The Economic Times
In one of the biggest cross-border deals in the education space, Manipal Education has acquired the entire shareholding of American
from New York-based Greater Caribbean Learning Resources. Manipal Education confirmed the buyout, but did not disclose the transaction size. However, sources said the company has raised $115 million debt financing from ICICI Bank in recent weeks, which will be ploughed into the buyout as well as capex requirements for ramping up the campus.
ET first reported on the potential acquisition in its edition dated October 7. The Caribbean is a well-established market for medical students
from the US mainland, where the availability of seats far outstrips demand. “We have completed the buyout, giving us control over AUA, which is among the top five medical education campuses in the Caribbean islands along with St George’s University School of Medicine
and Ross University,” Anand Sudarshan, MD & CEO, Manipal Education, told ET.
Technorati Tags: education, nearshoring, med school, India, Caribbean
Just-in-time supply chains are geared for efficiency not resiliency. With no slack built in, any disruption in international shipping, due to collapsing trade finance, can leave store shelves empty of essentials, especially food. A scary thought.
In times like these, the Cuban success with urban farming (forced upon the island by the end of the Soviet Union’s largesse after that country’s implosion) is worthy of emulation, at least partially, in many Indian and LatAm cities. For those who will not adopt any idea not originating in the United States, the Cuban urban farming model is in line with the Victory Gardens that U.S. Americans were asked to maintain during both World Wars. Book Alert: Food Not Lawns
The recent 93 percent collapse of the obscure Baltic Dry Index – an index of the cost of chartering bulk cargo vessels for goods like ore, cotton, grain or similar dry tonnage – has caused a bit of a stir among the financial cognoscenti. What is less discussed amidst the alarm is the reason for the collapse of the index – the collapse of trade credit based on the venerable letter of credit.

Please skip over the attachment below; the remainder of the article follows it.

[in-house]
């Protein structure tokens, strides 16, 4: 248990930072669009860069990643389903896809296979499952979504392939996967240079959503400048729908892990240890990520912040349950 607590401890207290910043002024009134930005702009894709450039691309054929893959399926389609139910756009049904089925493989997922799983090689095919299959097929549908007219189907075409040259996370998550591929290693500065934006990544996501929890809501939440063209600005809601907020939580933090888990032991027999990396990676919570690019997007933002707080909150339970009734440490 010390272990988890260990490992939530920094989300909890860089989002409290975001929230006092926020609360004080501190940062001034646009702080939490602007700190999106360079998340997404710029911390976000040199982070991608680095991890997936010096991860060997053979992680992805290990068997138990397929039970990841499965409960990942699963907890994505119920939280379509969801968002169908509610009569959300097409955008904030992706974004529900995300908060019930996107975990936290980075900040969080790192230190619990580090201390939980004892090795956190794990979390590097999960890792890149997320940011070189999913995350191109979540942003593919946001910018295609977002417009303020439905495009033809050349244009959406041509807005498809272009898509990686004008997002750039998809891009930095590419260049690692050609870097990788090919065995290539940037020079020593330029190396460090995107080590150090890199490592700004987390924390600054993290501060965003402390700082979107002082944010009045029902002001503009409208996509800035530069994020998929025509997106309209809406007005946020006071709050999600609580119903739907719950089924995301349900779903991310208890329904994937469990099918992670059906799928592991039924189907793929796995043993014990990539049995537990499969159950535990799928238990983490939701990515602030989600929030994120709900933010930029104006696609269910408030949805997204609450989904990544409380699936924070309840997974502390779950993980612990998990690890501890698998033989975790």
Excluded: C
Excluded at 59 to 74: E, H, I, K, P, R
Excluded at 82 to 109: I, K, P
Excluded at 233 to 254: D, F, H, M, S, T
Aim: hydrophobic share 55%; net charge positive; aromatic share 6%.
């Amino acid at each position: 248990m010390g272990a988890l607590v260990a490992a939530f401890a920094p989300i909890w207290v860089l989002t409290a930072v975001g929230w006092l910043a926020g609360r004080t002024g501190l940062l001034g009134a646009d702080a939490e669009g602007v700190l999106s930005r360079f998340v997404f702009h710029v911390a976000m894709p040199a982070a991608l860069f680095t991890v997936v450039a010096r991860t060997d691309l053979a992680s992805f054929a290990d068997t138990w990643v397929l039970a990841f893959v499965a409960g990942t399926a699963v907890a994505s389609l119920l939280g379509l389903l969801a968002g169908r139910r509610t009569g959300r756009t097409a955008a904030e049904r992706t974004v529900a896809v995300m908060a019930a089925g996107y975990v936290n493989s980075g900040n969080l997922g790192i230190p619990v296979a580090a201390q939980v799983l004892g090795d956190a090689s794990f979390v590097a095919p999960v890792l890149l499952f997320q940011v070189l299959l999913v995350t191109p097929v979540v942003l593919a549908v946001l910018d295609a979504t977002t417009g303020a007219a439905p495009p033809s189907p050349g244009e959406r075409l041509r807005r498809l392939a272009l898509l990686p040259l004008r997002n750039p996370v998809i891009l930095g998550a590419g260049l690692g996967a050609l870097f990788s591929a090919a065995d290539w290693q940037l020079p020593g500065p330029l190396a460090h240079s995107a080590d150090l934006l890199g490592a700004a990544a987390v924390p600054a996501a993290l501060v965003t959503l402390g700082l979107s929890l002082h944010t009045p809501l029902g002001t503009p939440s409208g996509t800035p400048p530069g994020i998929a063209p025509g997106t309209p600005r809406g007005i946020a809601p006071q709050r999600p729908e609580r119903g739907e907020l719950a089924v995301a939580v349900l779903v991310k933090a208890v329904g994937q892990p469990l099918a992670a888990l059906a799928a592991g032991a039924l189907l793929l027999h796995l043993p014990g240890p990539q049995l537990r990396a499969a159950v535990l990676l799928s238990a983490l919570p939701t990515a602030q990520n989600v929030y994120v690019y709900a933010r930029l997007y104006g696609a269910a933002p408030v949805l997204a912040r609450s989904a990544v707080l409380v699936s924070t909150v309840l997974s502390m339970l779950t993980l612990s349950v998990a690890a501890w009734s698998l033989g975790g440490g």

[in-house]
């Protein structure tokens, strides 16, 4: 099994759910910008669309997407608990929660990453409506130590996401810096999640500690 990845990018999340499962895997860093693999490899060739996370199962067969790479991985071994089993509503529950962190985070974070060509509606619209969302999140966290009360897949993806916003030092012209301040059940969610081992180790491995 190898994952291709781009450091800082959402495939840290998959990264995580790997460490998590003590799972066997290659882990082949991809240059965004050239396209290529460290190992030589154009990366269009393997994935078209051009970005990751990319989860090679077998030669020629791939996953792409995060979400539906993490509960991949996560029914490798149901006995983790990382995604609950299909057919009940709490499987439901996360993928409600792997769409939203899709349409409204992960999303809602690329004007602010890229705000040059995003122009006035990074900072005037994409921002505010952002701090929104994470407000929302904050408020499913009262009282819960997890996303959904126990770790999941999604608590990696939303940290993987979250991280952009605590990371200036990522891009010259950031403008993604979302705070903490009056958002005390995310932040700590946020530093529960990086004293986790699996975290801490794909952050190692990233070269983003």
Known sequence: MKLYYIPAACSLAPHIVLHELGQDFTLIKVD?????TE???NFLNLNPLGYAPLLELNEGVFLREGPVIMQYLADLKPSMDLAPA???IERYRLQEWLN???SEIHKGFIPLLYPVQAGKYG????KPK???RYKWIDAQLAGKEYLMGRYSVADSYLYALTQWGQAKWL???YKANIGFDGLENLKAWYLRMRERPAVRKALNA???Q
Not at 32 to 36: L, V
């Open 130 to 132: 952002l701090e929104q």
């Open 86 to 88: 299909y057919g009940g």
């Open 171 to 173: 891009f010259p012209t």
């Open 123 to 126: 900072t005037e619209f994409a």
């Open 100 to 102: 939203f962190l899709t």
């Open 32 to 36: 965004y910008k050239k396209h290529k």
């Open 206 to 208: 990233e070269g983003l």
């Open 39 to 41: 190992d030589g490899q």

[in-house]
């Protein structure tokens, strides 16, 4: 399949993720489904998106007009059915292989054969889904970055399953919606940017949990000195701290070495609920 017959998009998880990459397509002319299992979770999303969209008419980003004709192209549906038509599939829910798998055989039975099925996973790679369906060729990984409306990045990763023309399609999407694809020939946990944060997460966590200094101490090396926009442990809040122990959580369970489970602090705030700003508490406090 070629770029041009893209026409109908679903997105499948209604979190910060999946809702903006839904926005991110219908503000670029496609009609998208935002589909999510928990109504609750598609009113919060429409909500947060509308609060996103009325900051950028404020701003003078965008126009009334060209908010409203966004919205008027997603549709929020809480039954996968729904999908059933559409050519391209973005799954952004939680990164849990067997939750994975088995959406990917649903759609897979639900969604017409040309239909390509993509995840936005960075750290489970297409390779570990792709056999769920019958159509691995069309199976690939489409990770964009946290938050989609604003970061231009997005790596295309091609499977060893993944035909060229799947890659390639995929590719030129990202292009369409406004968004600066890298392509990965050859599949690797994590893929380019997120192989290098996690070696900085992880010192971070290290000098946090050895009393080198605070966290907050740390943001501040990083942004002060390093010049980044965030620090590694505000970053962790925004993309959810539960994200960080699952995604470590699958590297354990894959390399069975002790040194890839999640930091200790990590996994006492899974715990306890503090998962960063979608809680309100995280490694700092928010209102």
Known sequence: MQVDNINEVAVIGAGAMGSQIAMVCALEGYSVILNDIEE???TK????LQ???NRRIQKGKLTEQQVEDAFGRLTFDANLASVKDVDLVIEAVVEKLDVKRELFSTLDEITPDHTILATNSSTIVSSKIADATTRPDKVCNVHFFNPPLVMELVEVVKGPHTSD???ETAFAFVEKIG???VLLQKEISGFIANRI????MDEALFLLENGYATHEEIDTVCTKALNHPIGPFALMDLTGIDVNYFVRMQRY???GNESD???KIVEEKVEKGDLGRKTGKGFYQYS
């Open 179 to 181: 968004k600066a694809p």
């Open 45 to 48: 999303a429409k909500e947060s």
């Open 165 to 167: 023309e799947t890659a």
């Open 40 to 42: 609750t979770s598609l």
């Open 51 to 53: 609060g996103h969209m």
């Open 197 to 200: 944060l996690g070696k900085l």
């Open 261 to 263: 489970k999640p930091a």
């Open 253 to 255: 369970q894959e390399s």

Letters of credit have financed trade for over 400 years. They are considered one of the more stable and secure means of finance as the cargo is secures the credit extended to import it. The letter of credit irrevocably advises an exporter and his bank that payment will be made by the importer’s issuing bank if the proper documentation confirming a shipment is presented. This was seen as low risk as the issuing bank could seize and sell the cargo if its client defaulted after payment was made. Like so much else in this topsy turvy financial crisis, however, the verities of the ages have been discarded in favour of new and unpleasant realities.
The combination of the global interbank lending freeze with the collapse of the speculative, leveraged commodity price bubble have undermined both the confidence of banks in the ability of a far-flung peer bank to pay an obligation when due and confidence in the value of the dry cargo as security for the credit if liquidated on default. The result is that those with goods to export and those with goods to import, no matter how worthy and well capitalised, are left standing quayside without bank finance for trade.
Controlling access to trade finance determines who loses their jobs, whose children go hungry, who riots, which governments fall. Without dedicated focus on the issue of trade finance and liquidity from those in the emerging world most interested in sustaining the growth of recent years, little progress can be expected. Trade finance is rapidly communicating the stress on bank liquidity to the real economy. It presents a systemic risk much more frightening than the collapsing value of bits of paper traded electronically in London and New York. It could collapse the employment, the well being and the political stability of most of the world’s population.
Technorati Tags: trade, food security,
Compelling graphic that demonstrates that throwing more money at problems does not always ensure better outcomes.
Life Expectancy around the world
The chart highlights the sharp contrast between the US and Cuba. With a life expectancy of 76.9 years, Cuba ranks 28th in the world, just behind the US. However, its spending per person on health care is one of the lowest in the world, at $186, or about 1/25 the spending of the United States. There are other cases where high life expectancies are achieved with low spending on health care.
Another reason some countries achieve high life expectancy with low health spending is that clean drinking water and preventive health care can be provided with little spending. If there is near universal clean water and preventive care, life expectancy rates can be high. In the US, however, nearly 40 million Americans lack basic health insurance, and are therefore less likely to receive preventive care. In contrast, Cuba has universal health care and one of the highest doctor-to-patient ratios in the world (See Physicians). Although Cuba has limited resources and many economic problems, it has made health care a priority. It is not alone. Sri Lanka, China and the Indian State of Kerala are considered “low-income, high well-being” countries, which have adopted policies that not only reduce inequality but also increase overall health and well-being.
Money spent at hospitals and doctors counts towards ‘economic growth’, by getting included in GDP stats, but is terrible as an indicator for human well-being.